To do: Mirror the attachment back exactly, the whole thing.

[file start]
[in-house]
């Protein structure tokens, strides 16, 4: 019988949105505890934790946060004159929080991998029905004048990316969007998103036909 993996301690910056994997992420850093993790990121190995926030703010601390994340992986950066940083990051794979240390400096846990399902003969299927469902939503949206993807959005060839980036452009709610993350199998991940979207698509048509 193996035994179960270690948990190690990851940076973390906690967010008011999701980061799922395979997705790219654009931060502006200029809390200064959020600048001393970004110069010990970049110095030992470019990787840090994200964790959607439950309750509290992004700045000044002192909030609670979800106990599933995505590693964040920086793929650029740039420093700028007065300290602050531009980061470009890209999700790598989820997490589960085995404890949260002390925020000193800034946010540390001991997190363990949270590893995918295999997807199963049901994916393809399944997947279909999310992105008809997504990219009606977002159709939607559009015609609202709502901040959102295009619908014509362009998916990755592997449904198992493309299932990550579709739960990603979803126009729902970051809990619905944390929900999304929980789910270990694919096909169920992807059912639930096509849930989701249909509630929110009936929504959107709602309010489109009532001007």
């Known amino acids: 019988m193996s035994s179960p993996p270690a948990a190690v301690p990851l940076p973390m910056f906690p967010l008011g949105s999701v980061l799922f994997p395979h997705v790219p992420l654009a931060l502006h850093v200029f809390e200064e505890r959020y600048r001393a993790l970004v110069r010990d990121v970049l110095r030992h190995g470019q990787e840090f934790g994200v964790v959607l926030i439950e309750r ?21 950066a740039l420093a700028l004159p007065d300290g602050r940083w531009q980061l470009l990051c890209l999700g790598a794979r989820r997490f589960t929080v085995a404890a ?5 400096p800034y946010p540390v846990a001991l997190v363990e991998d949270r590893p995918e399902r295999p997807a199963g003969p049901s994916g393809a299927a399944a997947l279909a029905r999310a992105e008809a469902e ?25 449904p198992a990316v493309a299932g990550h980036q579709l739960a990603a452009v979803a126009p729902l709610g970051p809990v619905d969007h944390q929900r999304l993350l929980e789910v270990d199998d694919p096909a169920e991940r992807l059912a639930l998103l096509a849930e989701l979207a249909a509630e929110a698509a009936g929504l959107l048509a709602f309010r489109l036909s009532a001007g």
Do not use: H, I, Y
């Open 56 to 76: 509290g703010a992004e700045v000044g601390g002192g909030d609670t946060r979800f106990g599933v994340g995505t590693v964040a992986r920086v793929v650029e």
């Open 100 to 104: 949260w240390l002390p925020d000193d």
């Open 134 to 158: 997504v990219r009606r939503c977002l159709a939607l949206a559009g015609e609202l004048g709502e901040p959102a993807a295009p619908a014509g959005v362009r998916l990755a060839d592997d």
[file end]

[in-house]
């Protein structure tokens, strides 16, 4: 019988949105505890934790946060004159929080991998029905004048990316969007998103036909 993996301690910056994997992420850093993790990121190995926030703010601390994340992986950066940083990051794979240390400096846990399902003969299927469902939503949206993807959005060839980036452009709610993350199998991940979207698509048509 193996035994179960270690948990190690990851940076973390906690967010008011999701980061799922395979997705790219654009931060502006200029809390200064959020600048001393970004110069010990970049110095030992470019990787840090994200964790959607439950309750509290992004700045000044002192909030609670979800106990599933995505590693964040920086793929650029740039420093700028007065300290602050531009980061470009890209999700790598989820997490589960085995404890949260002390925020000193800034946010540390001991997190363990949270590893995918295999997807199963049901994916393809399944997947279909999310992105008809997504990219009606977002159709939607559009015609609202709502901040959102295009619908014509362009998916990755592997449904198992493309299932990550579709739960990603979803126009729902970051809990619905944390929900999304929980789910270990694919096909169920992807059912639930096509849930989701249909509630929110009936929504959107709602309010489109009532001007």
């Known amino acids: 019988m193996s035994s179960p993996p270690a948990a190690v301690p990851l940076p973390m910056f906690p967010l008011g949105s999701v980061l799922f994997p395979h997705v790219p992420l654009a931060l502006h850093v200029f809390e200064e505890r959020y600048r001393a993790l970004v110069r010990d990121v970049l110095r030992h190995g470019q990787e840090f934790g994200v964790v959607l926030i439950e309750r ?21 950066a740039l420093a700028l004159p007065d300290g602050r940083w531009q980061l470009l990051c890209l999700g790598a794979r989820r997490f589960t929080v085995a404890a ?5 400096p800034y946010p540390v846990a001991l997190v363990e991998d949270r590893p995918e399902r295999p997807a199963g003969p049901s994916g393809a299927a399944a997947l279909a029905r999310a992105e008809a469902e ?25 449904p198992a990316v493309a299932g990550h980036q579709l739960a990603a452009v979803a126009p729902l709610g970051p809990v619905d969007h944390q929900r999304l993350l929980e789910v270990d199998d694919p096909a169920e991940r992807l059912a639930l998103l096509a849930e989701l979207a249909a509630e929110a698509a009936g929504l959107l048509a709602f309010r489109l036909s009532a001007g």
Do not use: H, I, Y
């Open 56 to 76: 509290g703010a992004e700045v000044g601390g002192g909030d609670t946060r979800f106990g599933v994340g995505t590693v964040a992986r920086v793929v650029e």
């Open 100 to 104: 949260w240390l002390p925020d000193d």
């Open 134 to 158: 997504v990219r009606r939503c977002l159709a939607l949206a559009g015609e609202l004048g709502e901040p959102a993807a295009p619908a014509g959005v362009r998916l990755a060839d592997d």